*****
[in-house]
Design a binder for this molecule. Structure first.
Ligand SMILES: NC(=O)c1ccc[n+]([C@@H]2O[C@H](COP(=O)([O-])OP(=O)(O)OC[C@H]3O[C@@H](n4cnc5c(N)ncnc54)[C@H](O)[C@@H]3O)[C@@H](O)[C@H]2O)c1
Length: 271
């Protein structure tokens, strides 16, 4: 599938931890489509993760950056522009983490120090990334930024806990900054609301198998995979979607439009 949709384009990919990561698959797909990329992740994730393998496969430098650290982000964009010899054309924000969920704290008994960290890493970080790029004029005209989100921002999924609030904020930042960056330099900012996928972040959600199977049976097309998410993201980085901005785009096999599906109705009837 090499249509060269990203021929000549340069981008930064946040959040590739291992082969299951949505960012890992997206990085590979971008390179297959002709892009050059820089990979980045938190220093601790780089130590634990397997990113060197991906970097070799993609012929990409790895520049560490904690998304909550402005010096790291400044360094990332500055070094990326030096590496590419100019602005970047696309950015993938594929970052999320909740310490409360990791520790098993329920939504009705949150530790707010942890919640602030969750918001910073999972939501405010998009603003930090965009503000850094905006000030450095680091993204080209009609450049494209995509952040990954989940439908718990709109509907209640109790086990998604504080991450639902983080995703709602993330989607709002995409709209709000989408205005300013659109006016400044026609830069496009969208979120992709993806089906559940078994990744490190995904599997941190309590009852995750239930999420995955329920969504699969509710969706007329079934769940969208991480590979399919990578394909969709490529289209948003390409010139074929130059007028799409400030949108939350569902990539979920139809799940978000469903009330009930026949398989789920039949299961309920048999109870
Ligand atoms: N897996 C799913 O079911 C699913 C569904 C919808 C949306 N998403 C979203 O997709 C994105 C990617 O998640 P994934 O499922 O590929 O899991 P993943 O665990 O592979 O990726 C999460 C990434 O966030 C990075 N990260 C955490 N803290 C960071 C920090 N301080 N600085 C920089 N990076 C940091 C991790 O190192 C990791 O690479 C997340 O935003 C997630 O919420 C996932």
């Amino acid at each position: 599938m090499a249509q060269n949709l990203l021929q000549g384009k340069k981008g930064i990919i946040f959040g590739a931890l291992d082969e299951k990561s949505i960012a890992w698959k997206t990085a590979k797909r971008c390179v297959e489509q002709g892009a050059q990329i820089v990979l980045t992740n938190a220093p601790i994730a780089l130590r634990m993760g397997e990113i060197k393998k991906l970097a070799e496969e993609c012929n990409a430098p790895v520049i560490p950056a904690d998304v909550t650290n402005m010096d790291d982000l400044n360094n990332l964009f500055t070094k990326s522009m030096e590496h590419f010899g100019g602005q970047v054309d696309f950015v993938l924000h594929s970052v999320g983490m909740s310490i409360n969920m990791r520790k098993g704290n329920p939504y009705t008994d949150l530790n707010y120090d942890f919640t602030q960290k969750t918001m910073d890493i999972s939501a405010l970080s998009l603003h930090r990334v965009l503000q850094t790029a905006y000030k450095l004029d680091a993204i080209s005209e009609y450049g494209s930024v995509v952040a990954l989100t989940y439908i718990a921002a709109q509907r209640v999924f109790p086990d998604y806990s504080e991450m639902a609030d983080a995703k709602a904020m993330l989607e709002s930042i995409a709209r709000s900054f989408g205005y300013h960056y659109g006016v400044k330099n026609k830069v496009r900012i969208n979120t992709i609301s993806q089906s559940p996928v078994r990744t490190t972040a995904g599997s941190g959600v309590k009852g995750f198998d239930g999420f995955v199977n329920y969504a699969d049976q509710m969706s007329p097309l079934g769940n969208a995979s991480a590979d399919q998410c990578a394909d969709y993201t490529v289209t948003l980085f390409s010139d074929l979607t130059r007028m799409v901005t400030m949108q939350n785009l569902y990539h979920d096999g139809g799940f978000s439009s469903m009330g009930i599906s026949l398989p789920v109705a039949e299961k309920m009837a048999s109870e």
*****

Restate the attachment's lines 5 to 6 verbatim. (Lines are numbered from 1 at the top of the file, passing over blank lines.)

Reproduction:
């Protein structure tokens, strides 16, 4: 599938931890489509993760950056522009983490120090990334930024806990900054609301198998995979979607439009 949709384009990919990561698959797909990329992740994730393998496969430098650290982000964009010899054309924000969920704290008994960290890493970080790029004029005209989100921002999924609030904020930042960056330099900012996928972040959600199977049976097309998410993201980085901005785009096999599906109705009837 090499249509060269990203021929000549340069981008930064946040959040590739291992082969299951949505960012890992997206990085590979971008390179297959002709892009050059820089990979980045938190220093601790780089130590634990397997990113060197991906970097070799993609012929990409790895520049560490904690998304909550402005010096790291400044360094990332500055070094990326030096590496590419100019602005970047696309950015993938594929970052999320909740310490409360990791520790098993329920939504009705949150530790707010942890919640602030969750918001910073999972939501405010998009603003930090965009503000850094905006000030450095680091993204080209009609450049494209995509952040990954989940439908718990709109509907209640109790086990998604504080991450639902983080995703709602993330989607709002995409709209709000989408205005300013659109006016400044026609830069496009969208979120992709993806089906559940078994990744490190995904599997941190309590009852995750239930999420995955329920969504699969509710969706007329079934769940969208991480590979399919990578394909969709490529289209948003390409010139074929130059007028799409400030949108939350569902990539979920139809799940978000469903009330009930026949398989789920039949299961309920048999109870
Ligand atoms: N897996 C799913 O079911 C699913 C569904 C919808 C949306 N998403 C979203 O997709 C994105 C990617 O998640 P994934 O499922 O590929 O899991 P993943 O665990 O592979 O990726 C999460 C990434 O966030 C990075 N990260 C955490 N803290 C960071 C920090 N301080 N600085 C920089 N990076 C940091 C991790 O190192 C990791 O690479 C997340 O935003 C997630 O919420 C996932």